In July, 65-year-old Robert Bretherick sustained a work-related electrocution injury when the crane he was operating came into contact with power cables. He sustained multiple injuries involving his left upper extremity, torso and both legs.
He was transported to Geisinger Hospital, where they stabilized him. Robert was then transferred to Lehigh Valley Burn Center, where he stayed for three months before being discharged. As a result of his injuries, he required amputation below his right knee and part of his left foot. These surgeries were performed in October.
In February, after healing from his surgeries, Robert was given a referral to an inpatient rehabilitation hospital to begin prosthetic training. Unfortunately, he soon experienced further complications with his right residual limb that required two more surgeries to address an underlying bone infection. After additional healing, he was admitted to Helen M. Simpson Rehabilitation Hospital in September to resume prosthetic training.
When Robert first arrived, he was unable to walk — which was his ultimate goal. "I wanted to walk with a walker and go as far as I could," said Robert. To help him achieve this goal, he began working with a team of therapists.
Robert’s physical therapists had him start out using parallel bars for support. Once he was stable enough on his own, he progressed to using a walker and practicing on multiple surfaces. “I did a lot of walking, not just inside either,” said Robert. “I walked outside on the concrete, over the grass, over gravel and parking lots, up and down ramps. It all made a difference in where I could go and what I could do once I left the hospital.” Over time he was even able to walk backwards, go over curbs and walk up stairs.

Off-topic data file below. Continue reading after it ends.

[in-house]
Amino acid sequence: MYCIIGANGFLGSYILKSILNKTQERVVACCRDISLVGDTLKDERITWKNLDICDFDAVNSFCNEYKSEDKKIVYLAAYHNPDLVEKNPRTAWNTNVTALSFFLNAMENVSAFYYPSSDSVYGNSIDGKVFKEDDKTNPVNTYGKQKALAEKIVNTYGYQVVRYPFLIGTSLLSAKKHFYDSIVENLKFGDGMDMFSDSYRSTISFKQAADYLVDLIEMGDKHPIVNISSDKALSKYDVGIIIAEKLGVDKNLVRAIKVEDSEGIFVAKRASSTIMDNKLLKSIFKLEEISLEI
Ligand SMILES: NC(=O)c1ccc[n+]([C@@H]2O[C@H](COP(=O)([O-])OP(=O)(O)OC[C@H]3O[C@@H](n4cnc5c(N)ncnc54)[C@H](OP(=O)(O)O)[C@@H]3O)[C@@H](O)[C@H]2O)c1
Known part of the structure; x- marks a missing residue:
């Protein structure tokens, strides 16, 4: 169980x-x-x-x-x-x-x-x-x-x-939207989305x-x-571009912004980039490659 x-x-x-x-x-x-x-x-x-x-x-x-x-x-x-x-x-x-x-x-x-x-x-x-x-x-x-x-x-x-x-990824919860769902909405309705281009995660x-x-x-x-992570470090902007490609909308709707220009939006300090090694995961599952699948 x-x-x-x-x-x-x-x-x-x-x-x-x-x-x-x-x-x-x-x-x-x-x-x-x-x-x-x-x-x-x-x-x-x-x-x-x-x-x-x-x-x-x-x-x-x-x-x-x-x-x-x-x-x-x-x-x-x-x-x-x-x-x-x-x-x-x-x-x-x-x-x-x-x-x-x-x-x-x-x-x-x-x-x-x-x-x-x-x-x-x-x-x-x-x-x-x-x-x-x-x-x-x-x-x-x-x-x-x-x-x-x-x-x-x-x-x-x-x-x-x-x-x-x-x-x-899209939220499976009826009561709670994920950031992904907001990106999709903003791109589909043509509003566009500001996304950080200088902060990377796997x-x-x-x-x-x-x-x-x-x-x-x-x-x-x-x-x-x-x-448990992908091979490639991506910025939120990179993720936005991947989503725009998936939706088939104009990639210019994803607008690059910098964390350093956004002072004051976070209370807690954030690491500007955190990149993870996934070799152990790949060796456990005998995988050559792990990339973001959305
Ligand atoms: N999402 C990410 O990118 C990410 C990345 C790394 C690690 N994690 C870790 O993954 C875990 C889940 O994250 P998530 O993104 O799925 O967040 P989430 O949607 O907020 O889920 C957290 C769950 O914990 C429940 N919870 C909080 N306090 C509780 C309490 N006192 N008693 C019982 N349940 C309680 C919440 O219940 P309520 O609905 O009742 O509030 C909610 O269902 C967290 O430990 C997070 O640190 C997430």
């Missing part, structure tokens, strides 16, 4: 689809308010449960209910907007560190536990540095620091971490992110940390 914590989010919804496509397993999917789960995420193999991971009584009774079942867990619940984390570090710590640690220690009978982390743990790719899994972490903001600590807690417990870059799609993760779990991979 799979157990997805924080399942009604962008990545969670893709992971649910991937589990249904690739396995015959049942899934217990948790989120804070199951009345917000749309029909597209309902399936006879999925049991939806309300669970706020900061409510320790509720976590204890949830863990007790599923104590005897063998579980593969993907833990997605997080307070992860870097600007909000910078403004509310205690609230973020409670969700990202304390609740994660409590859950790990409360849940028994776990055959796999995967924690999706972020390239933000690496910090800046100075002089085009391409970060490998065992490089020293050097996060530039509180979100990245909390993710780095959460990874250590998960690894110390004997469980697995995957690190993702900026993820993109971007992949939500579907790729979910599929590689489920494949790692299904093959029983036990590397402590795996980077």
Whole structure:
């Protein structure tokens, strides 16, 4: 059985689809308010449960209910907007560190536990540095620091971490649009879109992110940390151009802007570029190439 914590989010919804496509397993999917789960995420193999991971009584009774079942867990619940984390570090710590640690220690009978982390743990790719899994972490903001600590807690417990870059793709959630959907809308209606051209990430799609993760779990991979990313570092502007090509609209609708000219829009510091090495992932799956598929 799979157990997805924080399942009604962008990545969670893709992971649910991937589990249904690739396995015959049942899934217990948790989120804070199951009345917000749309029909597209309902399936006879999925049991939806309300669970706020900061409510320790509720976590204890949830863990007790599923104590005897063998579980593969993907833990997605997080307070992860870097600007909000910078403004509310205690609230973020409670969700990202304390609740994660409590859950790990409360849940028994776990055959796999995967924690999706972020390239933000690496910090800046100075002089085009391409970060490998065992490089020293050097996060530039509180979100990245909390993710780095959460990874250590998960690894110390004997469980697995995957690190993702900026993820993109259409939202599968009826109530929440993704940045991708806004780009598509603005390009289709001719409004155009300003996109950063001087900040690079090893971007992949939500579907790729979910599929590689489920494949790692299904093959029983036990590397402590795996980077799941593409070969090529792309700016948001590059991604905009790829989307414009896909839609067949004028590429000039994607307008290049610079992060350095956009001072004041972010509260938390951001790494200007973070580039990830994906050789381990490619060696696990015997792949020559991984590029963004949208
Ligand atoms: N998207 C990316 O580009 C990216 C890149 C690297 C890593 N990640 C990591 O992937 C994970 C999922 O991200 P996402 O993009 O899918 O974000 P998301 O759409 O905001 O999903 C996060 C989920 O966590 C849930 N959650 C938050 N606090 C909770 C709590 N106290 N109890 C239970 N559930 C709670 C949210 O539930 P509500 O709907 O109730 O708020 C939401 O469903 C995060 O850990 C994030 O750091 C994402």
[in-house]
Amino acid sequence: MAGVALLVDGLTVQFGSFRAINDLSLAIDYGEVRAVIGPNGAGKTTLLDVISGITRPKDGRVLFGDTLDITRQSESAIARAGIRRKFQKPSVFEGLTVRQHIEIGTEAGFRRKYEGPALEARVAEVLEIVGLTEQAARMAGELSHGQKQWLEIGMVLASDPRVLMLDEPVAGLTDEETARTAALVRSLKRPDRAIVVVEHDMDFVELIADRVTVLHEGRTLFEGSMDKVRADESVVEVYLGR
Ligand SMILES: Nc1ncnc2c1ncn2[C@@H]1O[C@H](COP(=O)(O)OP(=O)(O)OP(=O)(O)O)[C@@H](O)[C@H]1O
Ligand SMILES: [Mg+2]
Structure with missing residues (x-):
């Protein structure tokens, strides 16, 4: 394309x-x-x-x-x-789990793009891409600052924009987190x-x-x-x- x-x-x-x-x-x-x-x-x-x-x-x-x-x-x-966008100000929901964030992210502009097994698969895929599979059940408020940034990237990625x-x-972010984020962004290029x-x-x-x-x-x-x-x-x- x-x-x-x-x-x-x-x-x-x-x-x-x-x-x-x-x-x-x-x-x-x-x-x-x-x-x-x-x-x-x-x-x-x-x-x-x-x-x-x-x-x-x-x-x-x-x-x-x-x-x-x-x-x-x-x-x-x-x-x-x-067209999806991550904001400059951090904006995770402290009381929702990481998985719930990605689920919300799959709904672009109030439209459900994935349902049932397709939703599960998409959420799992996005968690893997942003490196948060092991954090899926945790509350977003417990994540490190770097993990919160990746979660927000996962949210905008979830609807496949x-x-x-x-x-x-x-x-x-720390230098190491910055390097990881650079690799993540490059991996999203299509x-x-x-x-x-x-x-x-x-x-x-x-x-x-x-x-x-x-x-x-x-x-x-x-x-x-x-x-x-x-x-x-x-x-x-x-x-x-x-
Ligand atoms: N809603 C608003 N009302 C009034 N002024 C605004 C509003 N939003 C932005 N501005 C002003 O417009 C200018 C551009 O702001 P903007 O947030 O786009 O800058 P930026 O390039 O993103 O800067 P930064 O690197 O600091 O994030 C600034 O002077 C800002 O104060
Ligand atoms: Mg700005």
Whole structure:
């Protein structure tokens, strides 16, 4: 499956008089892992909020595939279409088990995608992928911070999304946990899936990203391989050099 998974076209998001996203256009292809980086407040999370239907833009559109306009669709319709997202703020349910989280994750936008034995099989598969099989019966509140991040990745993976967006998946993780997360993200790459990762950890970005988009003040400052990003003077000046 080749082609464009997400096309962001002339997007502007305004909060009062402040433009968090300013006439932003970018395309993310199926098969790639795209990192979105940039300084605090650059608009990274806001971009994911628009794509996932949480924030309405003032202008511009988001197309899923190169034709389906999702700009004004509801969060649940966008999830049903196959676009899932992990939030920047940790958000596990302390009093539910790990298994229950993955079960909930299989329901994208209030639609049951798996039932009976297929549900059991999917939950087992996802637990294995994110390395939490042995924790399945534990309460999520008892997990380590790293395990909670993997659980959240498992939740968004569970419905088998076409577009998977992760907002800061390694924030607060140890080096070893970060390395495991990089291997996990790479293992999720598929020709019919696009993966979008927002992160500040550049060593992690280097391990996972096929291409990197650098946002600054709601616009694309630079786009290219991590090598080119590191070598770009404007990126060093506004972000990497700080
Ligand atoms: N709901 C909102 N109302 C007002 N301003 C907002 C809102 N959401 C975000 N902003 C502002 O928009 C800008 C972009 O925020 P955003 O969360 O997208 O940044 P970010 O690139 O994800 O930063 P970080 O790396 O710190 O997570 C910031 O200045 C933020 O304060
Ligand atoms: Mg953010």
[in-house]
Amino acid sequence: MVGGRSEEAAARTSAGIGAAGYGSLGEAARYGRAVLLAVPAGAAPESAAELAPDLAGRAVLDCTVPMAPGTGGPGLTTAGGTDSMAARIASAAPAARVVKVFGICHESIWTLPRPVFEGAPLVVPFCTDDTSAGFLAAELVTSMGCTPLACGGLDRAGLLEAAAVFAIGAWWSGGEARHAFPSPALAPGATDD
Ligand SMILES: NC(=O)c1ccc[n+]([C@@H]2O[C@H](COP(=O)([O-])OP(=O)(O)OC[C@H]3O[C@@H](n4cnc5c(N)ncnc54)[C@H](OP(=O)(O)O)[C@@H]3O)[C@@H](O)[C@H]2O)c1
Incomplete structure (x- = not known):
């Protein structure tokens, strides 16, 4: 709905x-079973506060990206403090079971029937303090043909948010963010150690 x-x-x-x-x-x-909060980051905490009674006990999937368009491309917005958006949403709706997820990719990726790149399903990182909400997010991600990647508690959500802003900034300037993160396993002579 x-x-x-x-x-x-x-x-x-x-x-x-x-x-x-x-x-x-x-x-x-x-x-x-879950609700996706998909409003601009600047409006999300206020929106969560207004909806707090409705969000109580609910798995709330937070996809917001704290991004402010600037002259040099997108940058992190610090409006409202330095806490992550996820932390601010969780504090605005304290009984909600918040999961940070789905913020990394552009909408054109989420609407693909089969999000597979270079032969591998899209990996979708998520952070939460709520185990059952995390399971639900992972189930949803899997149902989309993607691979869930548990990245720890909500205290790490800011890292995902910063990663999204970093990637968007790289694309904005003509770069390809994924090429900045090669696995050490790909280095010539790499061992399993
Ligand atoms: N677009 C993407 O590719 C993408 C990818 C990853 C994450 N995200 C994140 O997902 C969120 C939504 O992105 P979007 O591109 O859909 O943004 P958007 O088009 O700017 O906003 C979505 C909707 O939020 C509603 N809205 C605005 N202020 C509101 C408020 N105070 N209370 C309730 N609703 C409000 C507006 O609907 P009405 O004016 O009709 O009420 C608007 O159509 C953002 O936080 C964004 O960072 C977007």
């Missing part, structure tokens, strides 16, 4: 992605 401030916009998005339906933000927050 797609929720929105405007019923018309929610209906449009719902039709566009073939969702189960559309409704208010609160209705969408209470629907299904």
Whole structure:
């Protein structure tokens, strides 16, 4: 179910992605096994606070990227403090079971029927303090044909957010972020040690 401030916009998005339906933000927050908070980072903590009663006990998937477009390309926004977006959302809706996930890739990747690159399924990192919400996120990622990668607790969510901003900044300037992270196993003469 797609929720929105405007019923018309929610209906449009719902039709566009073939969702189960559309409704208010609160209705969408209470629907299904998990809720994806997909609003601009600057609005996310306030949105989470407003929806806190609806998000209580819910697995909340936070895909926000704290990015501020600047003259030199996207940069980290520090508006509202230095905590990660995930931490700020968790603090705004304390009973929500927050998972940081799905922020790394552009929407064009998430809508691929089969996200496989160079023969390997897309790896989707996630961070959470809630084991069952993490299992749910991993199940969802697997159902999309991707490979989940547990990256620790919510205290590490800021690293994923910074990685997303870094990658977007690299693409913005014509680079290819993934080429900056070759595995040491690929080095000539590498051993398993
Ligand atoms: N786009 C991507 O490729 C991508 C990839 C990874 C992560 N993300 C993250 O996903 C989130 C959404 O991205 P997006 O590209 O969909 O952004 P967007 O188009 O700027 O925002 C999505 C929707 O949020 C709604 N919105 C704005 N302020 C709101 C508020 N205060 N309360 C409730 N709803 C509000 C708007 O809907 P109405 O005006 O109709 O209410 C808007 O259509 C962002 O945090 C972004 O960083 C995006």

Robert also participated in occupational therapy to help increase independence with his daily living activities while wearing his prosthesis. This enabled him to transition from sitting to standing for self-care tasks. Robert also completed cooking tasks in the kitchen to facilitate standing tolerance. Being able to perform these activities while standing, versus doing them at wheelchair level, helped restore a sense of normalcy that Robert was striving for.
Robert’s family and friends were a huge support system during his long recovery journey. They always encouraged and reminded him of the life that was waiting for him outside of the hospital.
After 12 days, Robert discharged having achieved his short-term goal of walking with a walker. He looked forward to getting back to the life, and continuing to work until he could walk with just a cane.
Robert shared, “I learned that I have what it takes mentally and physically to get through an injury of this magnitude and get to a point where I could start getting my life back.”
After discharge, Robert began outpatient therapy at Select Physical Therapy – the next level in Select Medical’s continuum of care.